As atmospheric carbon dioxide levels rise, trees are responding by using water more efficiently than anyone suspected, resulting in some short-term gains and longer term climate worries, according to a recent study published in the journal Nature.
The study, conducted by Harvard University, the U.S. Forest Service and several partner institutions, suggests that rising atmospheric carbon dioxide is "having a direct and unexpectedly strong influence on ecosystem processes and biosphere-atmosphere interactions in temperate and boreal forests," said Dave Hollinger, a plant physiologist with the Forest Service.
Researchers gathered their results from data collected form forests in the northeastern United States and other parts of the world. The results were surprising to the researchers, who found the trees use water more effeciently than anything predicted by state-of-the-art computer models.
Trevor Keenan, the study's lead author, said that an increase in water use efficiency could be seen as an unexpected benefit of increasing carbon dioxide levels.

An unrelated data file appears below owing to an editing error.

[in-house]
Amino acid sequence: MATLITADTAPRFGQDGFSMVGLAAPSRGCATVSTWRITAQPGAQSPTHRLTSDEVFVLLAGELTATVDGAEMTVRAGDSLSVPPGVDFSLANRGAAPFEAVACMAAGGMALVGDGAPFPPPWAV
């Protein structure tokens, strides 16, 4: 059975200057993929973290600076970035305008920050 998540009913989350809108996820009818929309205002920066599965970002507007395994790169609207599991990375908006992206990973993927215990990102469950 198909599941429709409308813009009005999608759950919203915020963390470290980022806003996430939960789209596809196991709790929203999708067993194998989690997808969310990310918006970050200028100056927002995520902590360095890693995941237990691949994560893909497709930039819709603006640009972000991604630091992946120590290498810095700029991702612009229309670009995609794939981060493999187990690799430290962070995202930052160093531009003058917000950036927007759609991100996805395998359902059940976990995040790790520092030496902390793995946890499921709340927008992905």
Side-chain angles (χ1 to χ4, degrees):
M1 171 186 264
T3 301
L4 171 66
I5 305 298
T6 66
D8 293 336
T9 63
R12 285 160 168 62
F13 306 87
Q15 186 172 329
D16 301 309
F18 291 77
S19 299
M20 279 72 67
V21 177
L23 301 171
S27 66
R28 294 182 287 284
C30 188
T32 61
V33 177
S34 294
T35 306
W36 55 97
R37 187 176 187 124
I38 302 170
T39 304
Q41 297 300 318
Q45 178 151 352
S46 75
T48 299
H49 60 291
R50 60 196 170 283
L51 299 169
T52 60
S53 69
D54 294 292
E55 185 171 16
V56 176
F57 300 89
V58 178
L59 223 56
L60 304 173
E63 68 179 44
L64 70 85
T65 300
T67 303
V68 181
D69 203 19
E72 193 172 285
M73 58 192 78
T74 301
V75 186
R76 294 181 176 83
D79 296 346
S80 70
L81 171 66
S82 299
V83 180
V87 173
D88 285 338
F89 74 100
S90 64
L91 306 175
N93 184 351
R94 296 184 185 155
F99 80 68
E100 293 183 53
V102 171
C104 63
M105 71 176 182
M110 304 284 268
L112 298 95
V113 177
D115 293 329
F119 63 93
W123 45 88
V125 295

"What's surprising is we didn't expect the effect to be this big," Keenan said in a Harvard news release.
"A large proportion of the ecosystems in the world are limited by water. They don't have enough water during the year to reach their maximum growth. If they become more efficient at using water, they should be able to take more carbon out of the atmosphere due to higher growth rates."
However, while there appears to be a short-term benefit to trees' response to higher carbon dioxide levels, the overall climate picture will remain grim if CO2 levels continue to rise.
"We're still very concerned about what rising levels of atmospheric carbon dioxide mean for the planet," Andrew Richardson, a study co-author, said.
"There is little doubt that as carbon dioxide continues to rise - and last month we just passed a critical milestone, 400 ppm, for the first time in human history - rising global temperatures and changes in rainfall patterns will, in coming decades, have very negative consequences for plant growth in many ecosystems around the world."
The Forest Service also cautioned of the perils of rising CO2 levels, noting that trees' higher water-use efficiency could lead to higher air temperatures, decreased humidity and decreased recycling of continental precipitation. "This could cause increased continental freshwater runoff, along with drought in parts of the world that rely on water transpired in other regions," the agency said in a statement.
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